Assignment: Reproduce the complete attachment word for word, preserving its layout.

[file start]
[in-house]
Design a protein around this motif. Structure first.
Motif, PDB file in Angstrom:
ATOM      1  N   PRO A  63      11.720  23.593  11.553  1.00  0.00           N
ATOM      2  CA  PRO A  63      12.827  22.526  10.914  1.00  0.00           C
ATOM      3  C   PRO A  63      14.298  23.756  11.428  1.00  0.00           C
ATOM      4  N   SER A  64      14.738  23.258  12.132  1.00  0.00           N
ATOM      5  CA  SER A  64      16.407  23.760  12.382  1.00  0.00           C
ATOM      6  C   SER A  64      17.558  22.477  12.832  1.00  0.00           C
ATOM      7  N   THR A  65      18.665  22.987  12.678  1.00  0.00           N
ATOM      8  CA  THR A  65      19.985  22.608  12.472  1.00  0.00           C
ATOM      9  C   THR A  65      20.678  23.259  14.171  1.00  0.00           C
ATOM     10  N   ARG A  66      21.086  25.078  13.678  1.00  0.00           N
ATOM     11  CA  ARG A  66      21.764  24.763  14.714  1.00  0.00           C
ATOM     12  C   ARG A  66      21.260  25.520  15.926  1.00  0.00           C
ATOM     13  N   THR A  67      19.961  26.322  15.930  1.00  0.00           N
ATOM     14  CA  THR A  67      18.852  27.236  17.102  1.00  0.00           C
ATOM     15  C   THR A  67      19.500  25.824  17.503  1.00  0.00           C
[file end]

[in-house]
Design a protein around this motif. Structure first.
Motif, PDB file in Angstrom:
ATOM      1  N   PRO A  63      11.720  23.593  11.553  1.00  0.00           N
ATOM      2  CA  PRO A  63      12.827  22.526  10.914  1.00  0.00           C
ATOM      3  C   PRO A  63      14.298  23.756  11.428  1.00  0.00           C
ATOM      4  N   SER A  64      14.738  23.258  12.132  1.00  0.00           N
ATOM      5  CA  SER A  64      16.407  23.760  12.382  1.00  0.00           C
ATOM      6  C   SER A  64      17.558  22.477  12.832  1.00  0.00           C
ATOM      7  N   THR A  65      18.665  22.987  12.678  1.00  0.00           N
ATOM      8  CA  THR A  65      19.985  22.608  12.472  1.00  0.00           C
ATOM      9  C   THR A  65      20.678  23.259  14.171  1.00  0.00           C
ATOM     10  N   ARG A  66      21.086  25.078  13.678  1.00  0.00           N
ATOM     11  CA  ARG A  66      21.764  24.763  14.714  1.00  0.00           C
ATOM     12  C   ARG A  66      21.260  25.520  15.926  1.00  0.00           C
ATOM     13  N   THR A  67      19.961  26.322  15.930  1.00  0.00           N
ATOM     14  CA  THR A  67      18.852  27.236  17.102  1.00  0.00           C
ATOM     15  C   THR A  67      19.500  25.824  17.503  1.00  0.00           C